Because of its chemical and structural traits, and because it is naturally deposited in high quantities in the very center of the human macula, zeaxanthin is believed to be ideal for treating and reducing light hyper-sensitivity. Although lutein (a structurally similar isomer of zeaxanthin) is believed to have less efficacy than zeaxanthin at reducing and controlling light hyper-sensitivity and photophobia, it nevertheless may be able to offer some relief in some patients, and it is already present in most natural food or pigment sources that contain zeaxanthin. Accordingly, lutein (especially lutein preparations that naturally contain some level of zeaxanthin, such as marigold flower extracts) can be evaluated in any particular patient, if desired, to determine whether it can help reduce light hyper-sensitivity in that patient.

BRIEF DESCRIPTION OF THE DRAWINGS

FIG. 1 shows the chemical structures of beta-carotene, zeaxanthin, and lutein, indicating the “misplacement” of the double bond in one end ring of lutein, which creates a non-symmetric molecule with a disrupted “conjugated electron cloud” over that end ring.

DETAILED DESCRIPTION

Zeaxanthin has been discovered to be effective, in at least some people, in reducing light hyper-sensitivity. As used herein, the term “light hyper-sensitivity” includes conditions that are triggered or aggravated by direct sunlight or other bright, flickering, or other light exposures or patterns, which induces visual stress of a type that generates a serious and substantial degree of fatigue, annoyance, or other problems (including headaches, seizures, etc.) that are sufficiently severe to cause the sufferer to seek medical relief or other active intervention, above and beyond the wearing of sunglasses or other protective lenses. Light hyper-sensitivity also includes problems relating to glare, and impaired glare recovery.

While some people may benefit from dosages as low as 1 mg/day, preferred dosages for treating people who suffer from this condition are in the range of about 3 to about 100 mg per day. These dosages can be conveniently achieved via 10 mg capsules, which are available from ZeaVision LLC, the assignee herein (www.zeavision.com). Because carotenoids are fat-soluble hydrophobic compounds that do not dissolve in water, any oral ingestion of such capsules preferably should accompany a meal, so that the normal secretion of bile by the digestive tract can help increase the absorption and uptake of zeaxanthin into circulating blood. Although the current versions of such capsules contain gelatin-coated beadlets, steps are being taken to develop softgels or similar capsules that will contain an oily carrier substance, such as olive oil. Similarly, a preferred mode of ingestion is in a foodstuff, such as (i) a fortified food, such as margarine, a dairy product, a beverage, a meat product that does not require harsh cooking, etc., or (ii) a food additive, such as a powder, syrup, or other formulation that is designed to be added to a beverage, soup, salad, or other food substance.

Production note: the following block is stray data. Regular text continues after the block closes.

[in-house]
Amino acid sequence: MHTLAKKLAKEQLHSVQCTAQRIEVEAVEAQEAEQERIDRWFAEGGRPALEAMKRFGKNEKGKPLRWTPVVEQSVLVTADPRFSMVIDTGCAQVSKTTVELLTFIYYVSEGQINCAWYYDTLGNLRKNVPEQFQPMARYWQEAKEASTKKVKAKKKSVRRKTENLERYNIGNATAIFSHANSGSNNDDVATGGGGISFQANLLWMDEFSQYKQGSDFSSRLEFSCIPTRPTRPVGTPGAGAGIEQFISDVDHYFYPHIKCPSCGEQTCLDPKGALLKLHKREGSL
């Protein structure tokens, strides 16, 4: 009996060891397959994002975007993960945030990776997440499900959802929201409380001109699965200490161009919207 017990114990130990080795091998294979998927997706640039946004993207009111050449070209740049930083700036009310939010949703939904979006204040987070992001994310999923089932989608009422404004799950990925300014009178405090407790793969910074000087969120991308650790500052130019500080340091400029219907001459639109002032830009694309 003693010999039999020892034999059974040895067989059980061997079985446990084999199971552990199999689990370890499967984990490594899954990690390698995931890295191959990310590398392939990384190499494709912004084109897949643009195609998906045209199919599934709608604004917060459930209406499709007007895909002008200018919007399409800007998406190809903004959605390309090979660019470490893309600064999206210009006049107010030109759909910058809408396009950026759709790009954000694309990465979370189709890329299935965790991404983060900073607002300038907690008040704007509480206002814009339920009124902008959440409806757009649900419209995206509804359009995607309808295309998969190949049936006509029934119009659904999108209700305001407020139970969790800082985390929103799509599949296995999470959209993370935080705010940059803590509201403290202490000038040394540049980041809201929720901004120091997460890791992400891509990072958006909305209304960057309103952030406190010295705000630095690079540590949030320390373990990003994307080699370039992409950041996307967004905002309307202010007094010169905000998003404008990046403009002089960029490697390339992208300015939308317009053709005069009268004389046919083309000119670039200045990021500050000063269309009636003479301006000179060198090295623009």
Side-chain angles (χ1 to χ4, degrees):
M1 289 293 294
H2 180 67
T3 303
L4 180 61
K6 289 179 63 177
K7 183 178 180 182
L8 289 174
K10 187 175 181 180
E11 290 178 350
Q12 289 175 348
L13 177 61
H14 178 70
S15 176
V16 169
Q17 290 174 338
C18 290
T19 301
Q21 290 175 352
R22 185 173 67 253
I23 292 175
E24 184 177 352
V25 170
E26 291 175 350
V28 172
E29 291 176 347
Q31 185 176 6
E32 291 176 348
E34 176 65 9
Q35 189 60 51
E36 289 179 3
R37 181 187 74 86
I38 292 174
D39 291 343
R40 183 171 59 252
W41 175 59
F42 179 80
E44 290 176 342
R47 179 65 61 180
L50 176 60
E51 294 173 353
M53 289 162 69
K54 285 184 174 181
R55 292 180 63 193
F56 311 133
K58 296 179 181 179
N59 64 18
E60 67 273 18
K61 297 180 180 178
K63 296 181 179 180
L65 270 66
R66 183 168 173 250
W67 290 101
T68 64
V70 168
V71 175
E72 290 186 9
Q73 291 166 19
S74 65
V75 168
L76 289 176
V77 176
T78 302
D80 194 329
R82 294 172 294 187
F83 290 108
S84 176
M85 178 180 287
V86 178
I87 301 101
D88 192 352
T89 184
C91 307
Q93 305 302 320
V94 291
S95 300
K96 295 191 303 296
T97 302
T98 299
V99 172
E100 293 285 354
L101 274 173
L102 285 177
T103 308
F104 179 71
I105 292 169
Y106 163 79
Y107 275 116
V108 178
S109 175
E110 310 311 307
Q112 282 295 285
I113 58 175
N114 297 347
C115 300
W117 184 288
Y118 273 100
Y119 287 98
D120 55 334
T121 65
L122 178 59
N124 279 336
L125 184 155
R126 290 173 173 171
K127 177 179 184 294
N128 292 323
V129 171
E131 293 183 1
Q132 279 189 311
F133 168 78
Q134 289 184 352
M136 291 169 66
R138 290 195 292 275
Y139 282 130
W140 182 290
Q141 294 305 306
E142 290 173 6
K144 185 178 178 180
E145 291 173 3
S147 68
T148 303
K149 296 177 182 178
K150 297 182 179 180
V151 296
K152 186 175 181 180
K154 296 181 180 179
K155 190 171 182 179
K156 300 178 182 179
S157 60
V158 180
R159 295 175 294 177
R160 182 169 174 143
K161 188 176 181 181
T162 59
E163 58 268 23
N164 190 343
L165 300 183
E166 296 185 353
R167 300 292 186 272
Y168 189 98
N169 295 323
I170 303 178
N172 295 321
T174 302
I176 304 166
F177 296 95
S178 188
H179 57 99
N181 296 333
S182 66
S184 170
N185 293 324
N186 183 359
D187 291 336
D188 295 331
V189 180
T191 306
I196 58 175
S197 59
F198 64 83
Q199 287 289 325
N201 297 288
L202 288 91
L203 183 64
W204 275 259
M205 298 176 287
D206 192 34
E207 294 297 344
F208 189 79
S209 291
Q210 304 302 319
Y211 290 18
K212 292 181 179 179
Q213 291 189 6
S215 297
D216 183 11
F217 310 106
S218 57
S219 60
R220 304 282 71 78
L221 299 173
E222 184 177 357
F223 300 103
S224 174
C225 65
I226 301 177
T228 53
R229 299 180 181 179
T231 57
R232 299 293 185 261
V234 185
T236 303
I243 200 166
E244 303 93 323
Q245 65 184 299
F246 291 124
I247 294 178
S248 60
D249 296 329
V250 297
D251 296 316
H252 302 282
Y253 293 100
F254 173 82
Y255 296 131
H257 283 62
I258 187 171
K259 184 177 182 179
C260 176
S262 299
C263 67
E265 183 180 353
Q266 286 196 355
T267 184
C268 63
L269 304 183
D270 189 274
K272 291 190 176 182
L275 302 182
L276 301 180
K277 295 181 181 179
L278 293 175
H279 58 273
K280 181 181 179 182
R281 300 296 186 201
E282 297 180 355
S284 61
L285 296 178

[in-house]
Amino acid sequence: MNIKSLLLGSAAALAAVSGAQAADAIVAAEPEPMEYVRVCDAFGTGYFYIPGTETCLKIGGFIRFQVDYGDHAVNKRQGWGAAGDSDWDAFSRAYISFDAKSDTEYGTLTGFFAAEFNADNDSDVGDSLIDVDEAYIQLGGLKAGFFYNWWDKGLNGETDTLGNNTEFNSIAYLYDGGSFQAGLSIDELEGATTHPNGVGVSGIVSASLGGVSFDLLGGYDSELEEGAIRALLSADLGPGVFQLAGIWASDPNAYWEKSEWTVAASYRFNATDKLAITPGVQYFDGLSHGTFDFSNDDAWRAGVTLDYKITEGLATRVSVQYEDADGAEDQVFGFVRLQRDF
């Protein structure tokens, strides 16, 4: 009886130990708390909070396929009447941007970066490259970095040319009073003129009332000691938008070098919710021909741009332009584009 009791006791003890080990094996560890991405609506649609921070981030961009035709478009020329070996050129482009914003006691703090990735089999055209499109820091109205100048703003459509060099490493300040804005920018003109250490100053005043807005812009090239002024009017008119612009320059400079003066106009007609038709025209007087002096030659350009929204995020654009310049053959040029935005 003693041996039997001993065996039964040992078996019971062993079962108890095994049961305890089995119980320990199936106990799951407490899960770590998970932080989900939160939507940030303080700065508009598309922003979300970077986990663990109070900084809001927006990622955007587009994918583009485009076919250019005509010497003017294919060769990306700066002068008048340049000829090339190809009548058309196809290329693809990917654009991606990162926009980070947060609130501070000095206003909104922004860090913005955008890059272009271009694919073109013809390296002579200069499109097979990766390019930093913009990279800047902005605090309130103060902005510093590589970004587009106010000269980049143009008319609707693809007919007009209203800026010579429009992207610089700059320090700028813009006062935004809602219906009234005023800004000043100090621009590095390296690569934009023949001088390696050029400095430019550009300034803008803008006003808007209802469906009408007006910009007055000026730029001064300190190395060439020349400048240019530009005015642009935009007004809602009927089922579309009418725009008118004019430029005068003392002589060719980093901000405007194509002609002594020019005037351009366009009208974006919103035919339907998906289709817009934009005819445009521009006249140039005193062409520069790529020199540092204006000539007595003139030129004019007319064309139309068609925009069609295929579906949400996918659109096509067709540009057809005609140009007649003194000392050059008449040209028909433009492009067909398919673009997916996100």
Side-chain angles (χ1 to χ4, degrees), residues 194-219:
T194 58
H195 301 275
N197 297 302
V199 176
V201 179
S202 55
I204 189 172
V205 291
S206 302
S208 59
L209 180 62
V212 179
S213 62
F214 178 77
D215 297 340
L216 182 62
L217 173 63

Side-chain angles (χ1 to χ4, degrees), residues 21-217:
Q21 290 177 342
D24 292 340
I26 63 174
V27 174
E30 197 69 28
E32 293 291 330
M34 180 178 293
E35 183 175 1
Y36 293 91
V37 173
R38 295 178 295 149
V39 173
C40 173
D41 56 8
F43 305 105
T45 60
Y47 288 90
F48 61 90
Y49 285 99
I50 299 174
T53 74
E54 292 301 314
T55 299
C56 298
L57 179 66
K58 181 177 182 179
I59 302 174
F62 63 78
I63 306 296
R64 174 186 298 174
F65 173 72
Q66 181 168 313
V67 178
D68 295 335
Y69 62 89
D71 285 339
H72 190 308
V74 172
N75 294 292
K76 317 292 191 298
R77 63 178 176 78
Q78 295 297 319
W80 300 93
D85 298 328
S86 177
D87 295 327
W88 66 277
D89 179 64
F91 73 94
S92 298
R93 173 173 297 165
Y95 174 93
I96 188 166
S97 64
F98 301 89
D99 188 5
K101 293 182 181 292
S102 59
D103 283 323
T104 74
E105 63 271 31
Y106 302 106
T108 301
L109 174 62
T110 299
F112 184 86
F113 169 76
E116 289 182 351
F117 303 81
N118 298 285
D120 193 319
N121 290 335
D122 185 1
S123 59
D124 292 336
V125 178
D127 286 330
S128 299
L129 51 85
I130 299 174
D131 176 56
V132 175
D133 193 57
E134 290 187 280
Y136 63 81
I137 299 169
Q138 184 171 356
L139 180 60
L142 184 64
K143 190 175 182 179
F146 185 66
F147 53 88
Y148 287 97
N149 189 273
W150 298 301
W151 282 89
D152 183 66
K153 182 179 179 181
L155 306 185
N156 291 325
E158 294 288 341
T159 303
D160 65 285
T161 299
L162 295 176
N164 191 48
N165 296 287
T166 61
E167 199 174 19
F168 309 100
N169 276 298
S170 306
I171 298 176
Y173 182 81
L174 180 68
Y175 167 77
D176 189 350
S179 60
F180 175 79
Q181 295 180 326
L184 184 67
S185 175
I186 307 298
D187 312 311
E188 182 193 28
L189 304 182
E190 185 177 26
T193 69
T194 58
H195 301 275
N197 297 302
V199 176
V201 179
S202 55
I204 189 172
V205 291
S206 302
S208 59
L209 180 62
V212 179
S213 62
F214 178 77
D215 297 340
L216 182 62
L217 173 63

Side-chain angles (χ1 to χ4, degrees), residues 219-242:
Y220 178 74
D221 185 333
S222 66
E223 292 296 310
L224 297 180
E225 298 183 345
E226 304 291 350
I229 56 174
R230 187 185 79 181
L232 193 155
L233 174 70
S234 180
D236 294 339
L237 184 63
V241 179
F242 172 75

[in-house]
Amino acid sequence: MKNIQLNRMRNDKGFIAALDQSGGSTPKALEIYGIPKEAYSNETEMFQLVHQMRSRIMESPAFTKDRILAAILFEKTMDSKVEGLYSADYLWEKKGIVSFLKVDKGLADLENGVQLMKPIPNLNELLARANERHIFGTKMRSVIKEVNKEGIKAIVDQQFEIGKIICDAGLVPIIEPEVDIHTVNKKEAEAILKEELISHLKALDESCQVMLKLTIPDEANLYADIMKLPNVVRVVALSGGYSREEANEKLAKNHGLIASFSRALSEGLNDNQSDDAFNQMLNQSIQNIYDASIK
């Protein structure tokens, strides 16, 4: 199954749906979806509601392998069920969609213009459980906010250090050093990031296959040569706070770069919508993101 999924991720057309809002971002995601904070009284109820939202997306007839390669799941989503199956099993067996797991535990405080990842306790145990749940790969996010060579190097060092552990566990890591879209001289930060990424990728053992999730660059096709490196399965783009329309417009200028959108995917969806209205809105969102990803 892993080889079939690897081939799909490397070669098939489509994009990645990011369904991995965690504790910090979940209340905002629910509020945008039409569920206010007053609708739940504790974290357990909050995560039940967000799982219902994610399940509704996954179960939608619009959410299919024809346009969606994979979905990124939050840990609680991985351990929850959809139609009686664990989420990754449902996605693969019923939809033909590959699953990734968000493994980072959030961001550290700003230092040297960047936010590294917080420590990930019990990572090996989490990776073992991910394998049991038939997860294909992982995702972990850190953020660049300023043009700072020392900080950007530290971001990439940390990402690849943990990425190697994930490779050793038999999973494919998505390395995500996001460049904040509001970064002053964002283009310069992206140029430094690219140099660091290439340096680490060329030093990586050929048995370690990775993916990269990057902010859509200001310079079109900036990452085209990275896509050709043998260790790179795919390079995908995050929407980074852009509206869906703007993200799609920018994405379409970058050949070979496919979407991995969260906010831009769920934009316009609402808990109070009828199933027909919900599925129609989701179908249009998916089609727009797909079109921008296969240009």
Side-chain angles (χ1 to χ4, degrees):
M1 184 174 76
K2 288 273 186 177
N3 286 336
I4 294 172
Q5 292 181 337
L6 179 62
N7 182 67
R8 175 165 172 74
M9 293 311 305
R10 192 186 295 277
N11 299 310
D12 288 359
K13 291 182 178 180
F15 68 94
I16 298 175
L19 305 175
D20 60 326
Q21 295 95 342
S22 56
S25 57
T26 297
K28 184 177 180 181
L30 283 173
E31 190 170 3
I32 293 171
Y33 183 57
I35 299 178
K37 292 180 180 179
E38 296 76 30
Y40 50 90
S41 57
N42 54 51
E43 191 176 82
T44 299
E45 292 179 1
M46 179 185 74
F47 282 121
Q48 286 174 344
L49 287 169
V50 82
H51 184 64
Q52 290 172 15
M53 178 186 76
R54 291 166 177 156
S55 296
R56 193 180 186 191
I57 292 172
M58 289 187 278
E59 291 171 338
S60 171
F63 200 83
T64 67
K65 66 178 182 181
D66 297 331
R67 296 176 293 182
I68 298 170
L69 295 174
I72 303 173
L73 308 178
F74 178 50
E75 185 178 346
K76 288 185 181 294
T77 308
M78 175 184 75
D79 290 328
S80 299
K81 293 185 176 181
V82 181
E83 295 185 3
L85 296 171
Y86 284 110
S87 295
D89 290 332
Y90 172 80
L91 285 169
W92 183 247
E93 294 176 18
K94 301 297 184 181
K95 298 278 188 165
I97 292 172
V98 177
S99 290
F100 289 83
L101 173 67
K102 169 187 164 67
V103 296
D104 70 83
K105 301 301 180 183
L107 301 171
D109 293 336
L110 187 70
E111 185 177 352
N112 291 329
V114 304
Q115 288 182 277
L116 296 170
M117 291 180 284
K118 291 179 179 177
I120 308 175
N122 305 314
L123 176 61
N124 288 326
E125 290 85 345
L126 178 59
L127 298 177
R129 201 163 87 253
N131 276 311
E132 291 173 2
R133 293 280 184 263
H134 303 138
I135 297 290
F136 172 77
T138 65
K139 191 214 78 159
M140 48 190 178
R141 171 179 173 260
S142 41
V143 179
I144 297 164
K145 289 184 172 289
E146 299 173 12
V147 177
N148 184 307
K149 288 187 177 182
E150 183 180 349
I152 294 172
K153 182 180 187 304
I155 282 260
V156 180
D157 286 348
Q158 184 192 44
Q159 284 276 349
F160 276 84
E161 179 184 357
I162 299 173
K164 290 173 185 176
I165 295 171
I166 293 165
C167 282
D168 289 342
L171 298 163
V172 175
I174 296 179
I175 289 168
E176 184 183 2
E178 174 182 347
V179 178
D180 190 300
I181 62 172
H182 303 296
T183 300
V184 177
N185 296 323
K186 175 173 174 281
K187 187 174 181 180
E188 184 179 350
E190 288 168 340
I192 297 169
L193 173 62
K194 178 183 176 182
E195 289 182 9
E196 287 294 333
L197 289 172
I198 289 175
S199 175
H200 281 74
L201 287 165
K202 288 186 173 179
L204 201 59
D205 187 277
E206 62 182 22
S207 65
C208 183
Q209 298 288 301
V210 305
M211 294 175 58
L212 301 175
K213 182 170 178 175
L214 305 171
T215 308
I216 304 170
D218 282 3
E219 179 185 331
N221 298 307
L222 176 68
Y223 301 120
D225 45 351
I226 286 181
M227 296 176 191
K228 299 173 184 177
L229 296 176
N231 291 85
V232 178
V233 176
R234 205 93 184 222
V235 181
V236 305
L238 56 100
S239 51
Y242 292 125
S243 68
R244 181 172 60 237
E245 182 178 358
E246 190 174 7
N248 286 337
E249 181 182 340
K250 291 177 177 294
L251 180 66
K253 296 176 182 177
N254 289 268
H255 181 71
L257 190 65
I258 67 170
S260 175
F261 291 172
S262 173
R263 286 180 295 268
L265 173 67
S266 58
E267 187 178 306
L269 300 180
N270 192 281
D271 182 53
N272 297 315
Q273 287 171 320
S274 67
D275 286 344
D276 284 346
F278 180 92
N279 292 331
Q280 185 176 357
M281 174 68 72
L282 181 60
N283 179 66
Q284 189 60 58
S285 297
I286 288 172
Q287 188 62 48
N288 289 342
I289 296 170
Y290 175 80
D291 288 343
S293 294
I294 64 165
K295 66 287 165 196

Because light hyper-sensitivity has a large subjective component, and becomes a substantial problem if and to the extent that a person finds it so irritating and annoying that it requires active steps to either avoid it or treat it, the method of this invention, and various claims set forth below, must also take into account that subjective element. This is especially true, since this invention can be carried out using “over-the-counter” nutritional supplements containing zeaxanthin, which is naturally present in the diet and available to the public in supplement form, without a prescription, under the provisions of the Dietary Supplement Health and Education Act.

Accordingly, the method of this invention can be carried out either with or without formal medical diagnosis or supervision, such as by someone who knows that he or she has a problem with unusual sensitivity to light (accompanies by headaches, fatigue, etc.), and who hears about this type of zeaxanthin treatment from an ophthalmologist, optometrist, or physician, or from a friend, relative, news article, website, or other source.

Accordingly, in one preferred embodiment, this invention discloses a method for reducing light hyper-sensitivity, comprising the step of administering, to a person in need of such treatment, zeaxanthin at a dosage that reduces such light hyper-sensitivity, to an extent that is noticeable and apparent to such person. The phrase “noticeable and apparent” requires that such relief and/or other benefits (such as reductions in the number of headaches, etc.) rise to a level that is clearly recognizable to and appreciated by the person with the light hyper-sensitivity problem.

Such dosage normally will be achieved by daily or other periodic or intermittentoral ingestion, preferably at a relatively high “buildup” dosage for about 2 to 4 weeks, followed by a lower long-term “maintenance” dosage.

In most people who suffer from mild to moderate light hyper-sensitivity, dosages in the range of about 10 to 40 mg/day are likely to be preferred, especially during an initial dosing period, while levels in the blood serum are increasing, and leading to deposition of additional quantities of zeaxanthin in the macular portion of the retina. After initial dosing levels have generated higher concentrations of zeaxanthin in the macula, somewhat lower maintenance dosages (such as about 6, 3, or possibly even 1 mg/day) are likely to be sufficient.

Since 20 mg/day dosages have been shown to be safe and well-tolerated by thousands of users who have been taking zeaxanthin for macular degeneration over the past few years, a 20 mg/day dosage level is regarded as providing a suitable and preferred trial dosage, for any person who is initially trying such a treatment to determine whether it will help resolve or reduce a light hyper-sensitivity condition. If no results are noticed at that level within about 2 to 4 weeks, the person can try a somewhat higher dosage during the next 2-4 weeks.